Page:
When running comparisons between groups of stocks, it is important to avoid falling into the trap known as 'survivorship bias'. The best description I've read about survivorship bias is in the article "Two Common Errors in Empirical Financial Research" by Burton G. Malkiel (introduction here). Incidentally, Malkiel is also the author of "A Random Walk Down Wallstreet", an oft-referenced book for proponents of EMH.
Basically, survivorship bias occurs because there is a tendency for failed companies not to be included in performance research because these companies no longer exist. For example, if you looked at the S&P 500 today, and looked at the performance of these companies in the past several years, the returns you calculated would overstate the actual returns of the index, because you would only be including companies that were successful enough to remain on the S&P 500 today. Survivorship bias has been one of the principles used to dispute many results that have shown low P/E outperformance.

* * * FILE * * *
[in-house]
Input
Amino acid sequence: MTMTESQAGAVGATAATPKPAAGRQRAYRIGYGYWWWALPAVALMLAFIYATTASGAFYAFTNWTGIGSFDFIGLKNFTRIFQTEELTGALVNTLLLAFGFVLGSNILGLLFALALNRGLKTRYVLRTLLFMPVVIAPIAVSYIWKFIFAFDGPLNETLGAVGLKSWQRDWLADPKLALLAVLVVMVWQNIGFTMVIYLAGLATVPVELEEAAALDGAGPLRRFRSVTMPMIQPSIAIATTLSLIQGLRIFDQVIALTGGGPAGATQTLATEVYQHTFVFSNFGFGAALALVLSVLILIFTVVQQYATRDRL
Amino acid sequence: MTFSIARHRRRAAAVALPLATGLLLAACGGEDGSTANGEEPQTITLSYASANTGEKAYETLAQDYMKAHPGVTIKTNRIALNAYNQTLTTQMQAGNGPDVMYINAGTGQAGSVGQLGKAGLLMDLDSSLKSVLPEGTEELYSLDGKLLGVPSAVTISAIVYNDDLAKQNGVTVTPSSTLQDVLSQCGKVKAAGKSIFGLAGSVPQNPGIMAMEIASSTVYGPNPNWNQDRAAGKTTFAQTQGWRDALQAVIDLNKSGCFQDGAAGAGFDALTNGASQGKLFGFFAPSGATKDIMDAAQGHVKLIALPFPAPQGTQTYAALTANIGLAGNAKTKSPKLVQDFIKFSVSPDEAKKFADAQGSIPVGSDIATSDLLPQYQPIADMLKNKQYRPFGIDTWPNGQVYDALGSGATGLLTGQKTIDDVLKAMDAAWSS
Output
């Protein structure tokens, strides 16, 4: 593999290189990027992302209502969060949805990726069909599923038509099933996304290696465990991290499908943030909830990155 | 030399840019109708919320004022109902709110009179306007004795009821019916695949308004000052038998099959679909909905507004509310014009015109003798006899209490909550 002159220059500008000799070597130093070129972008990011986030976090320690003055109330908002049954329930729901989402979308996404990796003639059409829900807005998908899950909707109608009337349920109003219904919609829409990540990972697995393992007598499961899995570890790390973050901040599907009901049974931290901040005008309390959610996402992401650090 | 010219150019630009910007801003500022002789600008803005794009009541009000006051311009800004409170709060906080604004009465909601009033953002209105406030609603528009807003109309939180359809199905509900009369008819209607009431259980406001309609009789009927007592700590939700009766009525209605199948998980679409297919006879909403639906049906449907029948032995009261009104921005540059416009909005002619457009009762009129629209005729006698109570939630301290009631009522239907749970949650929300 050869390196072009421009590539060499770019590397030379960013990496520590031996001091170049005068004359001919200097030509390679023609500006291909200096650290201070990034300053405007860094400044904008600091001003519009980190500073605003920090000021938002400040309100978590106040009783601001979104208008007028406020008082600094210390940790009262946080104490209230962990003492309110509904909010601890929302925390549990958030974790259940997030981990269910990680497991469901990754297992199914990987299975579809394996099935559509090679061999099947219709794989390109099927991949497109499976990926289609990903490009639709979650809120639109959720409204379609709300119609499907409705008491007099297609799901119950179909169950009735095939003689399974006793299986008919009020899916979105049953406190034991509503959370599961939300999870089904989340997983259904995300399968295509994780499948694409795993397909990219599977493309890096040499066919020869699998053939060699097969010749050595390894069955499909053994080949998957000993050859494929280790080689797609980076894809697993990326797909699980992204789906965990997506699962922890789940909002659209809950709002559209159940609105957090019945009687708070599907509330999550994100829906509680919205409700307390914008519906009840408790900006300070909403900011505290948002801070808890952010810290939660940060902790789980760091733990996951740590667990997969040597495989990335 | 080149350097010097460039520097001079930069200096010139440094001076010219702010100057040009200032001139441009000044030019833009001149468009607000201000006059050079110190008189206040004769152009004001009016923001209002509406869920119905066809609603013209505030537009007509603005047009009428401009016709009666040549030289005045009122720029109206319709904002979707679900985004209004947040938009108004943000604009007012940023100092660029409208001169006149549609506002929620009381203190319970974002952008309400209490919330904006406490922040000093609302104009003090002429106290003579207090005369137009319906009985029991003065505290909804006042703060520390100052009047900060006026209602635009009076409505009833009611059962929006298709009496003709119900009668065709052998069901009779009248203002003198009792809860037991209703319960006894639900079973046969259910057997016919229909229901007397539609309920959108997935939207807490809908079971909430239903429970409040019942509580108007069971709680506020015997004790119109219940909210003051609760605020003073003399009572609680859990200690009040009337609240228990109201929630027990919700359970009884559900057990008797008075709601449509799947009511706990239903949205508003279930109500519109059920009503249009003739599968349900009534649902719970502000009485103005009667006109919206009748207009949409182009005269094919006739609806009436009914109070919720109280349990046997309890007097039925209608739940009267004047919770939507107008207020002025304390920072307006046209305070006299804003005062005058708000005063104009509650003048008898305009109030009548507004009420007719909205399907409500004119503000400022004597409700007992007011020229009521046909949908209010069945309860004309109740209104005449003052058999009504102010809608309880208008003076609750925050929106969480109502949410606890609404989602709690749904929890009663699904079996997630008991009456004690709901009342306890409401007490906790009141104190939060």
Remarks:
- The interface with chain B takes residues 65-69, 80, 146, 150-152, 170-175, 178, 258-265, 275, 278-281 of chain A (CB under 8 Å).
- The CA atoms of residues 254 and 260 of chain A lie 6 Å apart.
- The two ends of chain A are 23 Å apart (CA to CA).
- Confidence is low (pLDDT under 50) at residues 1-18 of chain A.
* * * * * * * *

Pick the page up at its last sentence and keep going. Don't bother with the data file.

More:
In our research, we have had to be careful to avoid survivorship bias in our results. As such, we have had to flag companies that have not survived, and attempt to determine what did happen to these companies (bankruptcy? buyout? two events which both result in removal from the index, but with very different implications from a results point of view).